Originally written on United We Dad, but since one of my buddies mentioned writing about this topic I thought I’d post it here too!
Remember the good ol’ days when you had to work hard to see a boob?
Yes, a boob. Like the part of a female’s body that most of us men are addicted to, no matter what shape or size. And yes boob, as in one. Sure we preferred to see them in a pair, but as a teenager I was happy with just seeing one.
Nowadays kids – and adults, but in my attempt to make this site a must-read blog about being a father, and attempting to raise three kids in this era I’m excusing the adults – have it too easy.
When I was a teenager we had to work to see boobs.
I know what you’re thinking. A guy with that kind of charm and sense of humor probably had girls clamoring all over him. Okay so you’re probably not thinking that, but for the sake of my ego, let’s pretend that one or two of you are. Well …
No. I wasn’t so good with the ladies. Look at me. I was six-feet tall, weighed 140-pounds, wore Reebok Pumps as an everyday shoe, and pretty much wore either the blue and orange of the San Diego Padres, or the purple and orange of the Phoenix Suns, with every outfit. The color orange with my complexion? I’m still not sure why my mom didn’t attempt to stop me from leaving the house every morning, bless her heart. To her defense, I was pretty much afraid of girls anyway, at least until my junior year in high school.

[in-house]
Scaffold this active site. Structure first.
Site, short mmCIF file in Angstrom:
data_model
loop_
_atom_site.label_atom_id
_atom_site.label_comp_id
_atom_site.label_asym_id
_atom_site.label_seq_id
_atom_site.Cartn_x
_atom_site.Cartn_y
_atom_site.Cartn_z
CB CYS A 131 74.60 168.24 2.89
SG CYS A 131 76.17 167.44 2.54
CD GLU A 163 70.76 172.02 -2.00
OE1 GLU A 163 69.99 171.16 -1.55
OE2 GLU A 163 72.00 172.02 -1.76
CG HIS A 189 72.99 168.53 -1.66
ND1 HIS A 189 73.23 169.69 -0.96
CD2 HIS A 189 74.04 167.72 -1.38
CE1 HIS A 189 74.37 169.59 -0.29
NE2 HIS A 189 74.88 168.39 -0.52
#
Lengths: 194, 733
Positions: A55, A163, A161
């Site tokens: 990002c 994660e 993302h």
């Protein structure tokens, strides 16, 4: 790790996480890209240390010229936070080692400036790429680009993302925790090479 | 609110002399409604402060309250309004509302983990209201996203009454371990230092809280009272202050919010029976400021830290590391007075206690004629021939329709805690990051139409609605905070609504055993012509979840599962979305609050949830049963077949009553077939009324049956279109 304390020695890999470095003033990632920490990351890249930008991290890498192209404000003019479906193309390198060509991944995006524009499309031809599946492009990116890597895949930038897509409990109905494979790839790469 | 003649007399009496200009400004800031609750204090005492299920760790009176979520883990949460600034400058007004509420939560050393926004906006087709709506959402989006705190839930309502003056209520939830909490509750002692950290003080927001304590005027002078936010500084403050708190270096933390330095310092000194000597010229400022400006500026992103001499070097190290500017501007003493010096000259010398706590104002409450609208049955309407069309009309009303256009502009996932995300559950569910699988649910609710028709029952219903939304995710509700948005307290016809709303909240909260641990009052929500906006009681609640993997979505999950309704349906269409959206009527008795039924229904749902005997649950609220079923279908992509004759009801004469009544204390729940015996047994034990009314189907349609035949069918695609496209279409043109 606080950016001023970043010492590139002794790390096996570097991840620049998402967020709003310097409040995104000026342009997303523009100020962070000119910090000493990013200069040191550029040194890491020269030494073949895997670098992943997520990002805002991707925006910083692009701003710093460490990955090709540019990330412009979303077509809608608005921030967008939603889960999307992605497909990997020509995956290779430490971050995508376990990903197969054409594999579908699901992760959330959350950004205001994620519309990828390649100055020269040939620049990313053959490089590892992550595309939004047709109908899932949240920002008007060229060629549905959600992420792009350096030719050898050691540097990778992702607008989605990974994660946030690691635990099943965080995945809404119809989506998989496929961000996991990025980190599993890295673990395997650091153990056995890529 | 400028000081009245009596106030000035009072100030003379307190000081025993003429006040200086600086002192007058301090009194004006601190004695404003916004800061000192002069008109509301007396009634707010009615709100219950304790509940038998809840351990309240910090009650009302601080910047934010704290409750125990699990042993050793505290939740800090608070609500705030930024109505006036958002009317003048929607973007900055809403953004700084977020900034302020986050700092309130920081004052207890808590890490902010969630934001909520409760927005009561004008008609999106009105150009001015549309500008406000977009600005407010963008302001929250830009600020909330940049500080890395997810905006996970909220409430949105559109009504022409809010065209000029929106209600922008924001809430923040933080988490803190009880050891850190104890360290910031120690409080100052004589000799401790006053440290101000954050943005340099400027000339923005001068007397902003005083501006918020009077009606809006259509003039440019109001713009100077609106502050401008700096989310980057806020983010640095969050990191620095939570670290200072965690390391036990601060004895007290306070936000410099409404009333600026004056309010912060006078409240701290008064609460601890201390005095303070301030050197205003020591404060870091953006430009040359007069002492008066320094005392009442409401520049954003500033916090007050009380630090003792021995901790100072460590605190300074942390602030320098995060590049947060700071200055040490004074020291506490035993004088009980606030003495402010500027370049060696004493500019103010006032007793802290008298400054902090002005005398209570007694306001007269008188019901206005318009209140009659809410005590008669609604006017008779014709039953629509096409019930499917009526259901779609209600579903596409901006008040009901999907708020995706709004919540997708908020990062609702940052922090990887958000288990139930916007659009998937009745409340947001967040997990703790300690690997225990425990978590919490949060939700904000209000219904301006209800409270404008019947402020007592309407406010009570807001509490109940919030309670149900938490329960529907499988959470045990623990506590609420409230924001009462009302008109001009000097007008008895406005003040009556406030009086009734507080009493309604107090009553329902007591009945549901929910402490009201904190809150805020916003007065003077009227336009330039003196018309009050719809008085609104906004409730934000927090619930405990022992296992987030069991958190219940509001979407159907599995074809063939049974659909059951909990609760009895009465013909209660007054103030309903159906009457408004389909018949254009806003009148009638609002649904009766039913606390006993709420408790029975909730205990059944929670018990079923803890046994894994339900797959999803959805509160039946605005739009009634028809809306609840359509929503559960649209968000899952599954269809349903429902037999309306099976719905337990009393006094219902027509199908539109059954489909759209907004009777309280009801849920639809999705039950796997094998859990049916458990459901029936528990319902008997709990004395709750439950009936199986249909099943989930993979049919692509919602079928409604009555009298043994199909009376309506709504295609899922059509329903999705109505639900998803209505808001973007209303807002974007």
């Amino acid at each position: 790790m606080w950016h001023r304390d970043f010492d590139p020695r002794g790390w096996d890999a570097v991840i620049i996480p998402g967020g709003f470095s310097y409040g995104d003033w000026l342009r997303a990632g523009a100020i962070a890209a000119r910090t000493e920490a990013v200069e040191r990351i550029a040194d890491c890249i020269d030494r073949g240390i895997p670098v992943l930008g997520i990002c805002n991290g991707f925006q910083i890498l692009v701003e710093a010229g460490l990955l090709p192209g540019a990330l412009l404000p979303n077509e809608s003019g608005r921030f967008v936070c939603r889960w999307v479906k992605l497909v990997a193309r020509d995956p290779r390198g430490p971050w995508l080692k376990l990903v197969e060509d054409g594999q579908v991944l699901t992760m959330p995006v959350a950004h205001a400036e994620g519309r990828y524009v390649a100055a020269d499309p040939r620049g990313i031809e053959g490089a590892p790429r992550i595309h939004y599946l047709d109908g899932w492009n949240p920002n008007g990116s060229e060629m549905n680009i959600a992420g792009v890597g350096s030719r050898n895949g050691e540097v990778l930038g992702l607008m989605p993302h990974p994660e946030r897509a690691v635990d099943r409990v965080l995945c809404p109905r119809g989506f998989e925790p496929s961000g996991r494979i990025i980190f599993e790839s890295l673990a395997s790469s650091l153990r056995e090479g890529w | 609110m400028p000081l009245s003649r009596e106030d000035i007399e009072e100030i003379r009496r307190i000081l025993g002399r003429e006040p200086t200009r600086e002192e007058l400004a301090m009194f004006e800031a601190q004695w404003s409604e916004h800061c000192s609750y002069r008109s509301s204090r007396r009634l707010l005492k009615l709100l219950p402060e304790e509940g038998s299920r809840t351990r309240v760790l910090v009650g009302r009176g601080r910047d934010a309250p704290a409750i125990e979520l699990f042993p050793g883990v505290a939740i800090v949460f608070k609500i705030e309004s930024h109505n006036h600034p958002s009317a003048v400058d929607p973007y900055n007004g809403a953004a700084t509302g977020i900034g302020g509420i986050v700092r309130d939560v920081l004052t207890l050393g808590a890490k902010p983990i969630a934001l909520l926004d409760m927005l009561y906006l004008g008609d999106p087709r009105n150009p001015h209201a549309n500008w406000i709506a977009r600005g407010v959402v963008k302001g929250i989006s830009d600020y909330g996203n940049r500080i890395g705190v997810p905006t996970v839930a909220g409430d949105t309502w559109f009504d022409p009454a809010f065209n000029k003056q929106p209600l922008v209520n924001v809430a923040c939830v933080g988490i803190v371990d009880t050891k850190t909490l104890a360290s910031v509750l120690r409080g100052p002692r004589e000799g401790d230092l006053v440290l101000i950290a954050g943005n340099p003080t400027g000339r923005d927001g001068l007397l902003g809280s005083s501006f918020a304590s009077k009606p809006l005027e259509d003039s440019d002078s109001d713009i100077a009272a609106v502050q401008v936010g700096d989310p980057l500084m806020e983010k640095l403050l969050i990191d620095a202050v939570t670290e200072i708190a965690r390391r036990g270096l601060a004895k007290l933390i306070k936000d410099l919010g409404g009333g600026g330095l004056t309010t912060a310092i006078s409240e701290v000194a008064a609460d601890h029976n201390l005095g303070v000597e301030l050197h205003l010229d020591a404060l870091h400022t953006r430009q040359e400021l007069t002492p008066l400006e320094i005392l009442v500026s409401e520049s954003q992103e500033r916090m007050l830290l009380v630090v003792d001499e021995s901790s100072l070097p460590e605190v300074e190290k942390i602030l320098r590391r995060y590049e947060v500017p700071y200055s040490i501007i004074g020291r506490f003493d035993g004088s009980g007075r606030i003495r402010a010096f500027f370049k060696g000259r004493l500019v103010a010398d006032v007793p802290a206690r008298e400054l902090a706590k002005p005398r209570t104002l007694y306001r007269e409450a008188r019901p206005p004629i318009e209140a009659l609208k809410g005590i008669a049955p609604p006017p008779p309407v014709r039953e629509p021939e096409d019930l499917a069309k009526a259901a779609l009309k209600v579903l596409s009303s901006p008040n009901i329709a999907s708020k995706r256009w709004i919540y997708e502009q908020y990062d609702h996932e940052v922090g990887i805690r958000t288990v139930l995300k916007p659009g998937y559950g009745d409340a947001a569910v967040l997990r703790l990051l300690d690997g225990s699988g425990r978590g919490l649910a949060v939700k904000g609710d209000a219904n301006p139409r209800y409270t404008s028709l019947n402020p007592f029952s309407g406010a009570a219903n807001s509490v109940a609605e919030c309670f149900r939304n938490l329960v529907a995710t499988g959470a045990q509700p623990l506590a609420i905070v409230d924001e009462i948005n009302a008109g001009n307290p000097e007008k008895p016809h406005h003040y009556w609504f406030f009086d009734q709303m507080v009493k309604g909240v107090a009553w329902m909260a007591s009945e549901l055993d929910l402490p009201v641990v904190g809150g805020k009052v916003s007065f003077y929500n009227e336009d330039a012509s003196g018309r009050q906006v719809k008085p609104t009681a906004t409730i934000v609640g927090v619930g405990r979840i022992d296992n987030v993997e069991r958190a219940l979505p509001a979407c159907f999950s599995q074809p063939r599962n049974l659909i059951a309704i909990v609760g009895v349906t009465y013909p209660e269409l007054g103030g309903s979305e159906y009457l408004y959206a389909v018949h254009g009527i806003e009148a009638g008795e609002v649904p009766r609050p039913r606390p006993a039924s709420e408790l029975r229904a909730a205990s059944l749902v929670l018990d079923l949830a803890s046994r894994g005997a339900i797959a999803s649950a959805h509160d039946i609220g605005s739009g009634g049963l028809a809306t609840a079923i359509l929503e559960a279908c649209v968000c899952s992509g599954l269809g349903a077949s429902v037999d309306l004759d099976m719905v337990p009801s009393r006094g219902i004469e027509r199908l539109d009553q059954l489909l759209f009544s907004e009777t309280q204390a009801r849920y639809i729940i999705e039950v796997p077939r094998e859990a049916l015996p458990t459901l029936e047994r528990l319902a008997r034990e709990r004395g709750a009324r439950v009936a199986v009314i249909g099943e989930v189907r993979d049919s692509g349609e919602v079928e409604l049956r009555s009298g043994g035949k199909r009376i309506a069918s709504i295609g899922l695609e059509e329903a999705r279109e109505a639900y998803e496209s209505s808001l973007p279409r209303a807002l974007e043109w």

Back in my day we didn’t have the Internet. That’s right, hard to believe the World Wide Web didn’t become popular until after I graduated high school some 20 years ago this year!
Nope. If we wanted to see boobs on television we either had to hijack my parents’ copy of My Tutor (which I bought for my brothers and I a few Christmases ago as a gag-like gift, watched it with the wife, and realized it has a cheesy storyline and the scenes are just a softcore version of the make out scene in Top Gun) or stay up late at night hoping that the Spice channel would unscramble for at least 15 seconds, so we could at least make out one boob. “I think I saw one …” Nope, that was just a light fixture.
Hold on. I’m actually going somewhere with this, but when you search for “things that look like boobs” on the World Wide Web you get a lot of funny stuff.